The African elephants use tusks for the purpose of self-defense. However recently elephant calves even more often are born without them. Researchers connect biological evolution with the increased number of hunters for ivory.
Several researches conducted in the 1990s showed that the number the bezbivnevykh of cubs of elephants equaled to zero. In 1998 the research in National park of the queen Elizabeth in Uganda found out that 16% of females of elephants and 9% of males are born without tusks. This growing number in comparison with figures from 1930 when only 1% of elephant calves of both floors were born without tusks.
According to data of one of researchers, in one of national parks of East Africa 98% of females of elephants have no tusks.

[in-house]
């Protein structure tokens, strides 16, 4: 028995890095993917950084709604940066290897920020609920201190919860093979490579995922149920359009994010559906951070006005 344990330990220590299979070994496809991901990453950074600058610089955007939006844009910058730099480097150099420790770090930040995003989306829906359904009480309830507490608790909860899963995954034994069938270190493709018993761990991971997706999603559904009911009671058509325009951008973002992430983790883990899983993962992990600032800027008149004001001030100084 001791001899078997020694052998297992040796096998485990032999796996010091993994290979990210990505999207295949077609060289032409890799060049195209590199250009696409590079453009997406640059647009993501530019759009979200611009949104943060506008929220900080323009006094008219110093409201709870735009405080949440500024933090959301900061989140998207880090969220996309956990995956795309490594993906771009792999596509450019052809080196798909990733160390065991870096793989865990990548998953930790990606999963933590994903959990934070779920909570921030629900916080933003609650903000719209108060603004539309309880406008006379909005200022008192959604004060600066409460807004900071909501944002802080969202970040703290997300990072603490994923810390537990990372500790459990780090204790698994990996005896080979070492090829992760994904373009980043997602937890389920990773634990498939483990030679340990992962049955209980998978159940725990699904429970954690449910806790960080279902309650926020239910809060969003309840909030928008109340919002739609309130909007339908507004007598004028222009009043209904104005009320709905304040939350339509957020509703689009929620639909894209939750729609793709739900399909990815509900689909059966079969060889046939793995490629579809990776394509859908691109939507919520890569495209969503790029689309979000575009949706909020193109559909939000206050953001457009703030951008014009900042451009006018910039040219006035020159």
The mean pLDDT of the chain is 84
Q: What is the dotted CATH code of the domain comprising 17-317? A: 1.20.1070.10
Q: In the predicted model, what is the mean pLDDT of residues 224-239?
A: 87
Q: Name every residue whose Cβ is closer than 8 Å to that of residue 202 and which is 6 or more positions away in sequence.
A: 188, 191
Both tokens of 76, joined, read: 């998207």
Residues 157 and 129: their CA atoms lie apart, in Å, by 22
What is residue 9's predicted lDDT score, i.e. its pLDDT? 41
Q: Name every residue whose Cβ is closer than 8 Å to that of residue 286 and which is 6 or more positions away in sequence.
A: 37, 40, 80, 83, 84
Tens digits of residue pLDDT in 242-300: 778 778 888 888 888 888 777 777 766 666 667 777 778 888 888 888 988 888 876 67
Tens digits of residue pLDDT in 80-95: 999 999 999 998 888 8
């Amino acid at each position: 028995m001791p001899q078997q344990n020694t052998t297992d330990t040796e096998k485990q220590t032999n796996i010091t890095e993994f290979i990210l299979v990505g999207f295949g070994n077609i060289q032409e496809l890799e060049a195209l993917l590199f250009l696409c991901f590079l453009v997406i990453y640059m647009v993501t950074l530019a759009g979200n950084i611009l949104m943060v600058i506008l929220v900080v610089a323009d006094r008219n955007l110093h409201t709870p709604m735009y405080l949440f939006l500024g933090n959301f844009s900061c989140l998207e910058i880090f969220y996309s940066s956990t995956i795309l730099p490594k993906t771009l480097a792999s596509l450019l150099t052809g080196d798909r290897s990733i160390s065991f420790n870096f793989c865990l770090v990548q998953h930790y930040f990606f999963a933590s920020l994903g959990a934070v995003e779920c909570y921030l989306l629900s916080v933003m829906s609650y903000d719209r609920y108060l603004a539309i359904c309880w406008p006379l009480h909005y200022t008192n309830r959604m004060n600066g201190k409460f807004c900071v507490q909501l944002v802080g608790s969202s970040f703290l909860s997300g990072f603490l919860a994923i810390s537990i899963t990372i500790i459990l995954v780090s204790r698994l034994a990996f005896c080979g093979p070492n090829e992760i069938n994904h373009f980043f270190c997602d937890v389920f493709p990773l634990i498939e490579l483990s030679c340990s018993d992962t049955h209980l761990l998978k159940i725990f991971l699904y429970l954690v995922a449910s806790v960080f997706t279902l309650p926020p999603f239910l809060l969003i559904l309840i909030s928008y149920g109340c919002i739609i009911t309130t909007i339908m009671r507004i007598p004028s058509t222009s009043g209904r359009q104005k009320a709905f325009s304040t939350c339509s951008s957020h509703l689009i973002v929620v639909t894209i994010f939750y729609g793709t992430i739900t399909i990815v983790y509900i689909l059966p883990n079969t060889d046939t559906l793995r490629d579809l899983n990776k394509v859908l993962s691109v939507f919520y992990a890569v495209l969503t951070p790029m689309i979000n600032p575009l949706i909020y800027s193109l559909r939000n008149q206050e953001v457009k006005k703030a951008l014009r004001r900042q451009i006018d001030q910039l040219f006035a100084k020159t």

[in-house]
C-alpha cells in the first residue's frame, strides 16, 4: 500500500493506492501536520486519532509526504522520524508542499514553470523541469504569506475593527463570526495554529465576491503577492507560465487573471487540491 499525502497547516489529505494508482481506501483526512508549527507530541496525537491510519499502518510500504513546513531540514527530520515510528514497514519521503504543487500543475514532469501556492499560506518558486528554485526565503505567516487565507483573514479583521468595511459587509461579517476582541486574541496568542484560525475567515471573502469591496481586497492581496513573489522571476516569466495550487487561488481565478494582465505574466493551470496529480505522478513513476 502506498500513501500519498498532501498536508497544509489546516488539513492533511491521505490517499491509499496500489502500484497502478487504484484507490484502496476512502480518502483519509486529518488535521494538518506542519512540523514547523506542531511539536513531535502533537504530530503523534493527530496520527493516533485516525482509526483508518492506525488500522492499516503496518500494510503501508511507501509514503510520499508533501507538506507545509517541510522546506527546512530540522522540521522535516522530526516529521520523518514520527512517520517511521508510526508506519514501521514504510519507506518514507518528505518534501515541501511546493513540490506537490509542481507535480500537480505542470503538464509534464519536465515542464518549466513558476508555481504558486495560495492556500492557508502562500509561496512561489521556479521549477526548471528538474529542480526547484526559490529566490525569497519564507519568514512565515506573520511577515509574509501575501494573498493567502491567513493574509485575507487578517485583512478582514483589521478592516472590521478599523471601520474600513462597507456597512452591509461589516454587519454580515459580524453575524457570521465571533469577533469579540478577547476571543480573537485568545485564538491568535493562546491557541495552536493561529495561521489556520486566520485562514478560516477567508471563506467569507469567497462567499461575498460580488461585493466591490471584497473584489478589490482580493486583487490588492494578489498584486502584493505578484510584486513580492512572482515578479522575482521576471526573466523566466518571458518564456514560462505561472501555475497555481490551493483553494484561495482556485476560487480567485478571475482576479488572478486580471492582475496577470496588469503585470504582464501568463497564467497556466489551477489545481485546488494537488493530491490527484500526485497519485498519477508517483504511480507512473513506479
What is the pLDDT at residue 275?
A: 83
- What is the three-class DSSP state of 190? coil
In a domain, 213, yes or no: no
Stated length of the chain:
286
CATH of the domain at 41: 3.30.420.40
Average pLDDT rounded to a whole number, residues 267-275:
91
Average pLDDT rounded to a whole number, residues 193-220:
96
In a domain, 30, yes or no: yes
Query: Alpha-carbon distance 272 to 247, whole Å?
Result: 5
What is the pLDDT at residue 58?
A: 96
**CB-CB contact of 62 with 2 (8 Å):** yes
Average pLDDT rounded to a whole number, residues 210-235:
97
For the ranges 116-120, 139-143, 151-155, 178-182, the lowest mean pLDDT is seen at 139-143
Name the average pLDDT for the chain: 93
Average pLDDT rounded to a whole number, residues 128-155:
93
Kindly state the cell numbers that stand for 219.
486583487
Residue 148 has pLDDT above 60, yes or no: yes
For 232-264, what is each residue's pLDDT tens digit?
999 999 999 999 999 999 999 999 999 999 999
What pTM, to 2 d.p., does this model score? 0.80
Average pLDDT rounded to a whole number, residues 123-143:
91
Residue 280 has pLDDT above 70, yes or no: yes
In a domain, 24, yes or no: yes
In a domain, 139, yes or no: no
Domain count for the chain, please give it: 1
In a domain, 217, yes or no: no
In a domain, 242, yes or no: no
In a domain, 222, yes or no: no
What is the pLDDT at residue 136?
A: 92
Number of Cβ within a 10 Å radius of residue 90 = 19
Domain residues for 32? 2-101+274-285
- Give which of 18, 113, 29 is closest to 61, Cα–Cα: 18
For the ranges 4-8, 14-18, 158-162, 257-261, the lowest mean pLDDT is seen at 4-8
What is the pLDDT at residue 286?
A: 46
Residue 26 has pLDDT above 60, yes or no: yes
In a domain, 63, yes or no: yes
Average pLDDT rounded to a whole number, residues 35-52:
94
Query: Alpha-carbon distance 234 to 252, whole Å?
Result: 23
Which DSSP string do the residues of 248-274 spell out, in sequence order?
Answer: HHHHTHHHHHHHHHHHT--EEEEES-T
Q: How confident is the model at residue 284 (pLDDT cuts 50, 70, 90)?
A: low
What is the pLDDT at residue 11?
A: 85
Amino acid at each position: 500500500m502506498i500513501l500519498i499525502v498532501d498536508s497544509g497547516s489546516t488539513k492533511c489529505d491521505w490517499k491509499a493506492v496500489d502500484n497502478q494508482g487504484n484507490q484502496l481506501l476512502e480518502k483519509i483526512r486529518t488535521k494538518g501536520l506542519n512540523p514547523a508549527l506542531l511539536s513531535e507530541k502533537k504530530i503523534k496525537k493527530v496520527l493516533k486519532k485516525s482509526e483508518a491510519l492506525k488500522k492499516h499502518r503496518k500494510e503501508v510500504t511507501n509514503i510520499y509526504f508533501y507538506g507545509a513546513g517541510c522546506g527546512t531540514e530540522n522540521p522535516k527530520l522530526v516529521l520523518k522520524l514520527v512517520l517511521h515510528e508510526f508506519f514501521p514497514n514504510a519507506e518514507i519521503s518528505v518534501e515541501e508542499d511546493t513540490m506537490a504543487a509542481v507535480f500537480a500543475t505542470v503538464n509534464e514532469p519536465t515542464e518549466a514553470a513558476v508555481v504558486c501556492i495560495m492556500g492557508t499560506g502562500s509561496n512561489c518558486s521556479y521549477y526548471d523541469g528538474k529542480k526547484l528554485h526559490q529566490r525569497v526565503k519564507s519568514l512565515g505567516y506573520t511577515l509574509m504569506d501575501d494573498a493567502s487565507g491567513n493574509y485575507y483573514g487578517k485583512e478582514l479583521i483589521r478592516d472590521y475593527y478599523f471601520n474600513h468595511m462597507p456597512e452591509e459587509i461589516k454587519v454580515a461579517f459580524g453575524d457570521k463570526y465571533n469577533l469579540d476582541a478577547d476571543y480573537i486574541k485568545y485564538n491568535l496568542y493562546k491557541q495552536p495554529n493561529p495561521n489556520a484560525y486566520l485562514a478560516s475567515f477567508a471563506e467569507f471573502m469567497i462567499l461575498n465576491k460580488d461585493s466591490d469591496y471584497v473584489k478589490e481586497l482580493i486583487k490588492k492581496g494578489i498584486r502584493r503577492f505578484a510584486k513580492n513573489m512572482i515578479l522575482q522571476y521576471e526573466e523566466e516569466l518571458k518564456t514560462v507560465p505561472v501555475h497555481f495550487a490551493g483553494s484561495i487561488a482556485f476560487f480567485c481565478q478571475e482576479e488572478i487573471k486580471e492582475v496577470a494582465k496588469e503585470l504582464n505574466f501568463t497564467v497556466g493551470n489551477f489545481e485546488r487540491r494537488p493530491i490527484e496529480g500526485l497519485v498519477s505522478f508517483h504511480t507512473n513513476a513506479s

Joyce Pul, the head of Voices of Elephants non-profit organization, spent more than 30 years researching development of types. Pul reported that, according to her observations, obviously there is direct link between growth of poaching and number of females of elephants which are born without tusks. In National park of Gorongos in Mozambique 90% of elephants were killed from 1977 to 1992 during the civil war in the country.
Poachers mainly are interested in animals with tusks because of what nearly a half of elephant cows is more senior than 35 years are left without them. Females give “a bezbivnevy gene” to the daughters. From all elephants who were born after war 30% of females have no tusks. 98% of elephant cows in Elephant national park of Addo have no tusks. Possibly, it is the most convincing example of “a bezbivnevy gene”. In 1931 when the park was only founded, only 11 elephants were salvaged from hunters. From 8 survivors of females four were without tusks.
Though international trade in ivory is under a ban since the end of the 1980th years, the World Wide Fund for Nature reports that tens of thousands of African elephants continue to die every year because of the tusks.